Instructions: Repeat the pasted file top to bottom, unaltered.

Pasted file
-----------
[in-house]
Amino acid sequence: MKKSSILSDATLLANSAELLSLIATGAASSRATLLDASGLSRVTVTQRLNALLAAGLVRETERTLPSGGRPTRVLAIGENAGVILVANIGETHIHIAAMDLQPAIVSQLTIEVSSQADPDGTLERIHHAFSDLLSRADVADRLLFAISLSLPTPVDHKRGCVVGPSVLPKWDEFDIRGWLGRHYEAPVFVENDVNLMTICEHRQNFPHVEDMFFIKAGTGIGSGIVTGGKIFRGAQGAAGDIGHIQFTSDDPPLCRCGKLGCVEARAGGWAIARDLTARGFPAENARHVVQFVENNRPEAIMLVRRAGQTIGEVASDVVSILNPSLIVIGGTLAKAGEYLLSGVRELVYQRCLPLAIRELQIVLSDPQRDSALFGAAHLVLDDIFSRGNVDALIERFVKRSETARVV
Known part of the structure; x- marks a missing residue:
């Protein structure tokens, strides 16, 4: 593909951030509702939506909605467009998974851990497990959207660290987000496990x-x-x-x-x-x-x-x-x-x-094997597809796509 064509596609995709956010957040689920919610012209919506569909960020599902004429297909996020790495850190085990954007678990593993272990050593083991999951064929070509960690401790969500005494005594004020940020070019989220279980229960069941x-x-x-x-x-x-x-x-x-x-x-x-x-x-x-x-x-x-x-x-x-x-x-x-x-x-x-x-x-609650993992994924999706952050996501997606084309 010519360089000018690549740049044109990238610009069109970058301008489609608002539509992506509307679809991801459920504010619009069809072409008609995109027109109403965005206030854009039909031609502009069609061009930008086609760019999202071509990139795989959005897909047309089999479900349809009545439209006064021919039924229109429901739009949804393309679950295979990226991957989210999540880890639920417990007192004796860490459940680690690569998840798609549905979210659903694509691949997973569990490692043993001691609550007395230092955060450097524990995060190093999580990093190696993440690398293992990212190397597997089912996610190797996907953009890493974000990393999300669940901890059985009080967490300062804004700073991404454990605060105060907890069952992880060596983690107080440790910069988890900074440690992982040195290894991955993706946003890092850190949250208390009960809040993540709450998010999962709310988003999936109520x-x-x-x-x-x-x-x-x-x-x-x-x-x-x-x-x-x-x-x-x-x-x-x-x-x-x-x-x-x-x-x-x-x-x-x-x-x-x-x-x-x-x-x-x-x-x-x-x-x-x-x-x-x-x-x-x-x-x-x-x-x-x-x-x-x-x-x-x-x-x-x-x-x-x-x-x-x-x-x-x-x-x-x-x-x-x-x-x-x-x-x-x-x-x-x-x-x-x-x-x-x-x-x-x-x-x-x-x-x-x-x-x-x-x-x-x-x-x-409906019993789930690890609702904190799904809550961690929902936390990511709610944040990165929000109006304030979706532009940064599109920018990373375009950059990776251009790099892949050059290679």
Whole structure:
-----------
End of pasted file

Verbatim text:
[in-house]
Amino acid sequence: MKKSSILSDATLLANSAELLSLIATGAASSRATLLDASGLSRVTVTQRLNALLAAGLVRETERTLPSGGRPTRVLAIGENAGVILVANIGETHIHIAAMDLQPAIVSQLTIEVSSQADPDGTLERIHHAFSDLLSRADVADRLLFAISLSLPTPVDHKRGCVVGPSVLPKWDEFDIRGWLGRHYEAPVFVENDVNLMTICEHRQNFPHVEDMFFIKAGTGIGSGIVTGGKIFRGAQGAAGDIGHIQFTSDDPPLCRCGKLGCVEARAGGWAIARDLTARGFPAENARHVVQFVENNRPEAIMLVRRAGQTIGEVASDVVSILNPSLIVIGGTLAKAGEYLLSGVRELVYQRCLPLAIRELQIVLSDPQRDSALFGAAHLVLDDIFSRGNVDALIERFVKRSETARVV
Known part of the structure; x- marks a missing residue:
């Protein structure tokens, strides 16, 4: 593909951030509702939506909605467009998974851990497990959207660290987000496990x-x-x-x-x-x-x-x-x-x-094997597809796509 064509596609995709956010957040689920919610012209919506569909960020599902004429297909996020790495850190085990954007678990593993272990050593083991999951064929070509960690401790969500005494005594004020940020070019989220279980229960069941x-x-x-x-x-x-x-x-x-x-x-x-x-x-x-x-x-x-x-x-x-x-x-x-x-x-x-x-x-609650993992994924999706952050996501997606084309 010519360089000018690549740049044109990238610009069109970058301008489609608002539509992506509307679809991801459920504010619009069809072409008609995109027109109403965005206030854009039909031609502009069609061009930008086609760019999202071509990139795989959005897909047309089999479900349809009545439209006064021919039924229109429901739009949804393309679950295979990226991957989210999540880890639920417990007192004796860490459940680690690569998840798609549905979210659903694509691949997973569990490692043993001691609550007395230092955060450097524990995060190093999580990093190696993440690398293992990212190397597997089912996610190797996907953009890493974000990393999300669940901890059985009080967490300062804004700073991404454990605060105060907890069952992880060596983690107080440790910069988890900074440690992982040195290894991955993706946003890092850190949250208390009960809040993540709450998010999962709310988003999936109520x-x-x-x-x-x-x-x-x-x-x-x-x-x-x-x-x-x-x-x-x-x-x-x-x-x-x-x-x-x-x-x-x-x-x-x-x-x-x-x-x-x-x-x-x-x-x-x-x-x-x-x-x-x-x-x-x-x-x-x-x-x-x-x-x-x-x-x-x-x-x-x-x-x-x-x-x-x-x-x-x-x-x-x-x-x-x-x-x-x-x-x-x-x-x-x-x-x-x-x-x-x-x-x-x-x-x-x-x-x-x-x-x-x-x-x-x-x-x-409906019993789930690890609702904190799904809550961690929902936390990511709610944040990165929000109006304030979706532009940064599109920018990373375009950059990776251009790099892949050059290679």
Whole structure: